3 decision making biases to avoid

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There’s a lot of noise around data but are analysts being heard?

Everyone’s talking about data, across sectors people are striving to filter out useful insights from the huge amounts of information available. However, often the people extracting the numbers and the people putting them to use sit in different departments. Why is it that data analysts are so often placed within the IT department instead of at the heart of the marketing department where their expertise would be most useful? Yes, there is a certain amount of software and programming skills required by data analysts that are synonymous with the skillset of IT related roles, but data analysts know your organisation’s data inside out so their knowledge should be exploited. 

As humans we tend not to make decisions without considering previous experiences, and a business shouldn’t be any different. An organisation’s marketing capability can be compared to the human decision making process. The many megabytes, gigabytes or terabytes of data you hold represents the memory capacity. Your IT infrastructure enables you to capture, encode and store information to memory, capturing data to create a foundation for effective decision making. The IT department also enables reflex responses such as welcome packs and triggered emails that are automatically generated without the delay of passing through the brain, where the data analysts and marketers sit. Data analysts represent the many neurons within the brain, providing synaptic connections within the memory to deliver rapid and complex calculations. The marketers connect the dots between these facts and the company’s business objectives thus implementing decisions that make best use of the insight generated by the analysts.

When talking about successful decision making, data analysts and marketers need to work in tandem, with equal emphasis on both parties. Only by listening to your analysts can you avoid the inherent biases often associated with bad decision making...

  1. Selective search for evidence: I think everyone has been susceptible to confirmation bias. With the masses of data available it has become easier to select information that supports a conclusion that has already been made (subconsciously or otherwise)! Listen to your data analysts to eliminate this bias, it may not be what you want to hear but significant statistics can help you avoid this trap.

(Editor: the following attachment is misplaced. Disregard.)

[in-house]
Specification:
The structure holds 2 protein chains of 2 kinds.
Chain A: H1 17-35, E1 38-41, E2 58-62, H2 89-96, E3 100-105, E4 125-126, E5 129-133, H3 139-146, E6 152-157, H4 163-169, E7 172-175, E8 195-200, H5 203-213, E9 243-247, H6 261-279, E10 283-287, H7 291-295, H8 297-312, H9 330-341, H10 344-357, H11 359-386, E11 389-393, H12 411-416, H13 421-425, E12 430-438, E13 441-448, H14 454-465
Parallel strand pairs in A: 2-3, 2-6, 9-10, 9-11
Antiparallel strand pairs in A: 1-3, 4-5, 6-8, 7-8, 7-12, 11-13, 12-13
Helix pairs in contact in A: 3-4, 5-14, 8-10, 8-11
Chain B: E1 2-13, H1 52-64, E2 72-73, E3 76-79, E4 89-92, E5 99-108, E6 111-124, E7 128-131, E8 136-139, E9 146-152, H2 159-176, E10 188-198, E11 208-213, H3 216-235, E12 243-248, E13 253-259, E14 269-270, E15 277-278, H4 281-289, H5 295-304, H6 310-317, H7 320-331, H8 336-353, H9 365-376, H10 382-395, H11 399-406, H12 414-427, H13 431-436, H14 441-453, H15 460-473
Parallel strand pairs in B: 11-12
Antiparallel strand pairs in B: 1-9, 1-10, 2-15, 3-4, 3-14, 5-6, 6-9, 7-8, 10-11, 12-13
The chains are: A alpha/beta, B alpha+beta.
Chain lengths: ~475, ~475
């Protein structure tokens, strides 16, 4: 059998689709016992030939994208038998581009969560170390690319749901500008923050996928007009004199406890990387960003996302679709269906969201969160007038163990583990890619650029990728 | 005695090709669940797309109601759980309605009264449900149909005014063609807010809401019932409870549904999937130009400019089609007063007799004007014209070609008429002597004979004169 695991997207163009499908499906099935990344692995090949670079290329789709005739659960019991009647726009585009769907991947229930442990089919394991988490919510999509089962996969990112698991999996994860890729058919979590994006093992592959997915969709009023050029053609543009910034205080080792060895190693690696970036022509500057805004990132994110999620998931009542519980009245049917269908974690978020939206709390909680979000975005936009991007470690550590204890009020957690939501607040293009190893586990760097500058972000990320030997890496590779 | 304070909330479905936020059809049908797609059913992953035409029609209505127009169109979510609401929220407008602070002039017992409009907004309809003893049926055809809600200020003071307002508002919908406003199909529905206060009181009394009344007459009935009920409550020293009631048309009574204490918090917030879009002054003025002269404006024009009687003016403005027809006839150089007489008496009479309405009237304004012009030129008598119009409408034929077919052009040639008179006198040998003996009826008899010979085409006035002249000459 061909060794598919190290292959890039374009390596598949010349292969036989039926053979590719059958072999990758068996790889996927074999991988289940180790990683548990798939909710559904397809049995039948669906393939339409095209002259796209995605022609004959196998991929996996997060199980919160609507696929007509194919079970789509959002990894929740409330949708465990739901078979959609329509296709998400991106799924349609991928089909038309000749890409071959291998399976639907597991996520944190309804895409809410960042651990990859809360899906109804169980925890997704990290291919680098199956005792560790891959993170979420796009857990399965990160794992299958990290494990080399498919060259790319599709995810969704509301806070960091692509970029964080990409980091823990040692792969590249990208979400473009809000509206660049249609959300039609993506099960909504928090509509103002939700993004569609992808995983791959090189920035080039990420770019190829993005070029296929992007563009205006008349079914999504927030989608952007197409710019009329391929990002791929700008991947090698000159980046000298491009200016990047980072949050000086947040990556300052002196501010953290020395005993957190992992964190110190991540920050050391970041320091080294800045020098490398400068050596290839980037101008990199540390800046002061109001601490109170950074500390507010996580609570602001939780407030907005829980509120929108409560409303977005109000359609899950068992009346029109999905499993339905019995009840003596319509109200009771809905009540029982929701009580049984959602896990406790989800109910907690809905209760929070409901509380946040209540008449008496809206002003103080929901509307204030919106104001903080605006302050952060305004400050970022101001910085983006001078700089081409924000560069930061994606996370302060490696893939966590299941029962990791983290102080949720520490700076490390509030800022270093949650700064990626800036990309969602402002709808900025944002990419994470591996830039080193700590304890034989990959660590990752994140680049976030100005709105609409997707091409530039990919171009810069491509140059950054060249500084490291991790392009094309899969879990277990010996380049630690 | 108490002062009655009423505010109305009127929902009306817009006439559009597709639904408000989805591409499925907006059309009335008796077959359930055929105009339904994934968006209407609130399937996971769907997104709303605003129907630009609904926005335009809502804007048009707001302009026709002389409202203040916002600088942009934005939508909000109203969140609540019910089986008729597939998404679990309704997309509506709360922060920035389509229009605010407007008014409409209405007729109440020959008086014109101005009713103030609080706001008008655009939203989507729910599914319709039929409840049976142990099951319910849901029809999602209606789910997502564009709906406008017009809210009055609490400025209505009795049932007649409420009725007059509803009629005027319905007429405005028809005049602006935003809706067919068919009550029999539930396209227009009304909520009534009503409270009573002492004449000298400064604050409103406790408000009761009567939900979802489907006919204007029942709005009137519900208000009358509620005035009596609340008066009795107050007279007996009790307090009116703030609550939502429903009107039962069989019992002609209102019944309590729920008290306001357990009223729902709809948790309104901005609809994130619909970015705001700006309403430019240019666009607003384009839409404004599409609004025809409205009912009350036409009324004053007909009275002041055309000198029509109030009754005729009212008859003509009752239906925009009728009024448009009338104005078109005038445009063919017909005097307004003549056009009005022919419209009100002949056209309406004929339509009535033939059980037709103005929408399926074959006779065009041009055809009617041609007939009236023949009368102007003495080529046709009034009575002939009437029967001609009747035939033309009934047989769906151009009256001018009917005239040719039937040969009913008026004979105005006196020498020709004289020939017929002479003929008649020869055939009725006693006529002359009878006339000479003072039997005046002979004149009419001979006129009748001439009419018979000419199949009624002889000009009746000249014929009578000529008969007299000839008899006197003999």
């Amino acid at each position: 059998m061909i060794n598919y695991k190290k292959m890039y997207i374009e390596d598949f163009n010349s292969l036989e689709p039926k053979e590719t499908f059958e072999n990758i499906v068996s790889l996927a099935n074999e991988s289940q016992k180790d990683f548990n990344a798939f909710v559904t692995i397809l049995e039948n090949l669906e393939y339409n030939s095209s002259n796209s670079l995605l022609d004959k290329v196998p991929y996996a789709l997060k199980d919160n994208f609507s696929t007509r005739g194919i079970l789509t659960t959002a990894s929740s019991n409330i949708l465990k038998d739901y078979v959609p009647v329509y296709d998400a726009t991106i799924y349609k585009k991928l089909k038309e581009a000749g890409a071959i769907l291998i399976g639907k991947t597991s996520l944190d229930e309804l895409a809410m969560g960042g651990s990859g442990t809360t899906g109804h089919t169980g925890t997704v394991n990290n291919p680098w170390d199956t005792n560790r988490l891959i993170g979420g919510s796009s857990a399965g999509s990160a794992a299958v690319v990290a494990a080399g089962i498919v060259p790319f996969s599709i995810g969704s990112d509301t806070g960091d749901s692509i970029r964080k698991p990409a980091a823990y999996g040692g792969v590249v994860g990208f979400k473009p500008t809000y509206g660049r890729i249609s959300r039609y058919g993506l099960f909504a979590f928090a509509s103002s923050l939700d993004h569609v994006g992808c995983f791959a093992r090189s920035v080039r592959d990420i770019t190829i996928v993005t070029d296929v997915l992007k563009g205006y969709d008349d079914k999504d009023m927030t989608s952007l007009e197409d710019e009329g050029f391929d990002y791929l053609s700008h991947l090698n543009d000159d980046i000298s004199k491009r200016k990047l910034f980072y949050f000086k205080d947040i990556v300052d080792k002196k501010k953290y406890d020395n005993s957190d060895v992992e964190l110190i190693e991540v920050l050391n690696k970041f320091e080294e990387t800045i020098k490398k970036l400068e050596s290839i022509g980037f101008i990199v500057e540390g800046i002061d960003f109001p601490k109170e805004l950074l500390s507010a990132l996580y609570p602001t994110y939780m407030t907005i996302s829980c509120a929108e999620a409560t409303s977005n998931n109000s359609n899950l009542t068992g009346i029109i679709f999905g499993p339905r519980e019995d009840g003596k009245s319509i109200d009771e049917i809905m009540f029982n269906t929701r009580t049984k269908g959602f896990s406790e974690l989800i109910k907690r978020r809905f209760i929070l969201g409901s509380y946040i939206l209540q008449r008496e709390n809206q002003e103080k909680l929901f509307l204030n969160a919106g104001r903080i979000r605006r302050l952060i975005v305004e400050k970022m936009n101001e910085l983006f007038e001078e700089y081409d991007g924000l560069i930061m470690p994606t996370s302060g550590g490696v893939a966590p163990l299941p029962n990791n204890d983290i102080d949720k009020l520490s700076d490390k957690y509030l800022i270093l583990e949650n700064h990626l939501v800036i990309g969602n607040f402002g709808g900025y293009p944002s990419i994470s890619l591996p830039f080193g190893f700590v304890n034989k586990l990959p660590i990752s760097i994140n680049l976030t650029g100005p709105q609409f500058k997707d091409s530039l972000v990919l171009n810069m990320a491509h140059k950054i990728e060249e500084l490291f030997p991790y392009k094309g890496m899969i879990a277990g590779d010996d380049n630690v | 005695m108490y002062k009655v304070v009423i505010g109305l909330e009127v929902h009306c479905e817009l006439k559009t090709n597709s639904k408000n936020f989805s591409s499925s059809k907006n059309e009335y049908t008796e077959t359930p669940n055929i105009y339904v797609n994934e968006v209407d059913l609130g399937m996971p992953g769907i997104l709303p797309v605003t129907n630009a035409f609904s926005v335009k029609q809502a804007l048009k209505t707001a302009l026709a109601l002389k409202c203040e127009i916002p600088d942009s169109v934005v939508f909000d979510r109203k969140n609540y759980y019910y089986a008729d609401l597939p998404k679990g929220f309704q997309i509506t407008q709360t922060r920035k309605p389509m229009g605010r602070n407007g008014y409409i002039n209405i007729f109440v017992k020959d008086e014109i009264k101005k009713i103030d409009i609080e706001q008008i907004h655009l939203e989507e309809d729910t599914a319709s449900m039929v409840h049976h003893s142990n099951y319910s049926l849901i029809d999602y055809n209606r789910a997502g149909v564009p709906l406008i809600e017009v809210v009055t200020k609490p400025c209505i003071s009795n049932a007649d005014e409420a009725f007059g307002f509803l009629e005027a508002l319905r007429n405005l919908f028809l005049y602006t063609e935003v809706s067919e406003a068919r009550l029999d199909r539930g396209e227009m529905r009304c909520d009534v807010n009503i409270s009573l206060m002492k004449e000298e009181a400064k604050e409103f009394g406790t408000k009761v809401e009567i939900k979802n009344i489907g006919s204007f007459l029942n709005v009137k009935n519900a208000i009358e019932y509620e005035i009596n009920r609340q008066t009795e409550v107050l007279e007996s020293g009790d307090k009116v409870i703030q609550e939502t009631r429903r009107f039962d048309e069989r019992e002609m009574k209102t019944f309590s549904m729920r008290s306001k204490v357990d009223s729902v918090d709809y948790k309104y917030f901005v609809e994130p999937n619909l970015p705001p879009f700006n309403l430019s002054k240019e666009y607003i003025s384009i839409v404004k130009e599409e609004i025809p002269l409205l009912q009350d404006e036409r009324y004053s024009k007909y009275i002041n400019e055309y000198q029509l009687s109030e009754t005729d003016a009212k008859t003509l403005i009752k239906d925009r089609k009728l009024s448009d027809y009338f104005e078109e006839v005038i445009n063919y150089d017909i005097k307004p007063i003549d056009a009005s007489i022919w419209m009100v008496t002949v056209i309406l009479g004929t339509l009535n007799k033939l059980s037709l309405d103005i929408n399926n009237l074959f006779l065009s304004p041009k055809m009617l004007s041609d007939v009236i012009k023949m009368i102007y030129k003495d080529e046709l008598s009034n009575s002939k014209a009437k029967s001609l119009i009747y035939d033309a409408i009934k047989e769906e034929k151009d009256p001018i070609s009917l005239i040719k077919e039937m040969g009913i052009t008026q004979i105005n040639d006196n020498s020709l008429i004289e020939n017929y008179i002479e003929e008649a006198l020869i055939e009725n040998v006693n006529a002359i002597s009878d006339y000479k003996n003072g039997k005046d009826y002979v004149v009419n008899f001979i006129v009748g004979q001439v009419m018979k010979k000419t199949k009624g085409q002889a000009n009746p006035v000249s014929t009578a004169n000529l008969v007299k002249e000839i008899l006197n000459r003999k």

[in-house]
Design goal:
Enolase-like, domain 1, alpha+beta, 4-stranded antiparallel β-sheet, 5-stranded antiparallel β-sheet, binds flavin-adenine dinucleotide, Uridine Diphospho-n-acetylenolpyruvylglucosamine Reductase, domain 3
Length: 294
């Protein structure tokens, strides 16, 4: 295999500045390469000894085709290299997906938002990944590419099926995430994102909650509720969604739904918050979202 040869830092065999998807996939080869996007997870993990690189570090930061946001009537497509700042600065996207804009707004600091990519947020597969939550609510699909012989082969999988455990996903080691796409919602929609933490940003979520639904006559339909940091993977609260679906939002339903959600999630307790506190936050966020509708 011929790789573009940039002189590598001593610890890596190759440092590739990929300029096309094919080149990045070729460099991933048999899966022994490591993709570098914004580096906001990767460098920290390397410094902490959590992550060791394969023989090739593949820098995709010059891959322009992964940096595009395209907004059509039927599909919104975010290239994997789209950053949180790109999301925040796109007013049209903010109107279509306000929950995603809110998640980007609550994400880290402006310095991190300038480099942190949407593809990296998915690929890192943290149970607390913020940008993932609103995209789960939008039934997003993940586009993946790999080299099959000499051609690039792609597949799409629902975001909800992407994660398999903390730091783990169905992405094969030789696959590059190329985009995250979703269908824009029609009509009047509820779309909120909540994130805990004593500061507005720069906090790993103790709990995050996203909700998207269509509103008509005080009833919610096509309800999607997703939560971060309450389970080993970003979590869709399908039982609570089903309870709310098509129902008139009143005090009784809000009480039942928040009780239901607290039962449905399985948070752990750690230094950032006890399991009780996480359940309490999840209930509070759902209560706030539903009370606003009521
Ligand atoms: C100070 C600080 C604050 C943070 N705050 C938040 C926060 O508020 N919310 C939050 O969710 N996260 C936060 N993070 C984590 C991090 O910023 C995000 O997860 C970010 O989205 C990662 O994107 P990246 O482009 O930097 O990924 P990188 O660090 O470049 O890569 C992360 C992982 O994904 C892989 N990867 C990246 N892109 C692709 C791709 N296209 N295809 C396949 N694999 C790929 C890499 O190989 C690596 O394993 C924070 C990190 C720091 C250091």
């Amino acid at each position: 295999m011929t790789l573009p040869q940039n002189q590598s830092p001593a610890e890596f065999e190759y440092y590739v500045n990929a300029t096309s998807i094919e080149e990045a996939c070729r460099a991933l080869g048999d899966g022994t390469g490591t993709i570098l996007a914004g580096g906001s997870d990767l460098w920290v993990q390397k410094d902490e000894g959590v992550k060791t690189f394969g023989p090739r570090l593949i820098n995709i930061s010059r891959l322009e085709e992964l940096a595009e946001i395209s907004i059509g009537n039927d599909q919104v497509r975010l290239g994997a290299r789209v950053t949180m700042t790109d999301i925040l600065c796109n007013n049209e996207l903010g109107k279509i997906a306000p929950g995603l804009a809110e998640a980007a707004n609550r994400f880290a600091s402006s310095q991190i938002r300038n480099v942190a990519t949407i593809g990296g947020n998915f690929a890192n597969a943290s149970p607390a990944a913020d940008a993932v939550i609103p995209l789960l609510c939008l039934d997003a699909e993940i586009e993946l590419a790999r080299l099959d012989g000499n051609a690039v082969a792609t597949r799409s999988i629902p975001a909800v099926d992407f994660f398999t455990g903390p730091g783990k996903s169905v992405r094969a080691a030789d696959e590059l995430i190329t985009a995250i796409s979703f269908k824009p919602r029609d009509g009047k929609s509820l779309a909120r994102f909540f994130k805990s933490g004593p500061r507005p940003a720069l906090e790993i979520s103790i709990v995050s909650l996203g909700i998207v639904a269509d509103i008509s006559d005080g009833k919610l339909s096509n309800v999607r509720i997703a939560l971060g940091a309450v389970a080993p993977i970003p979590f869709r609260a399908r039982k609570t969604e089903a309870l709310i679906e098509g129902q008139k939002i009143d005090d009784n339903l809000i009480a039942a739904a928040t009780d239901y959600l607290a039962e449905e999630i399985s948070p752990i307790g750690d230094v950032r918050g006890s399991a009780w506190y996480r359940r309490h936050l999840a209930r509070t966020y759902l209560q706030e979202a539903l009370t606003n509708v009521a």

2. Cognitive inertia: This type of bias refers to the human unwillingness to change existing decision making processes when faced with new or evolving markets. Listen to your data analysts, they are closest to the data and their job is to look for significant changes in behaviour that could otherwise be missed. With analysts by your side your organisation can evolve alongside the market. Don’t get left behind and become disjointed from potential early warning signs. Embrace change and use pattern spotting to stay ahead of the game.
  3. Attribution asymmetry: This refers to the human tendency to attribute success to their internal resources and failure to external factors. Part of successful decision making is looking at historic evidence and learning from mistakes. In the most professional way possible, organisations can’t afford to take prisoners. Listen to your data analysts to identify the facts behind failure. Sometimes businesses need to look backwards before moving forwards and with the correct testing in place, marketers can minimise the risk of error, making informed decisions to eliminate bias that could lead to incorrect conclusions.

Don’t ignore your data analysts, bring them to the forefront of your marketing department to harvest the insight that is readily available and reap the results. At Marketing Metrix we understand the dynamics between data and marketing. We assist organisations who want to utilise and maximise their customer’s information by releasing their data potential to build effective decision making processes. For more information on how your business can eradicate the gap between data and marketing please get in touch.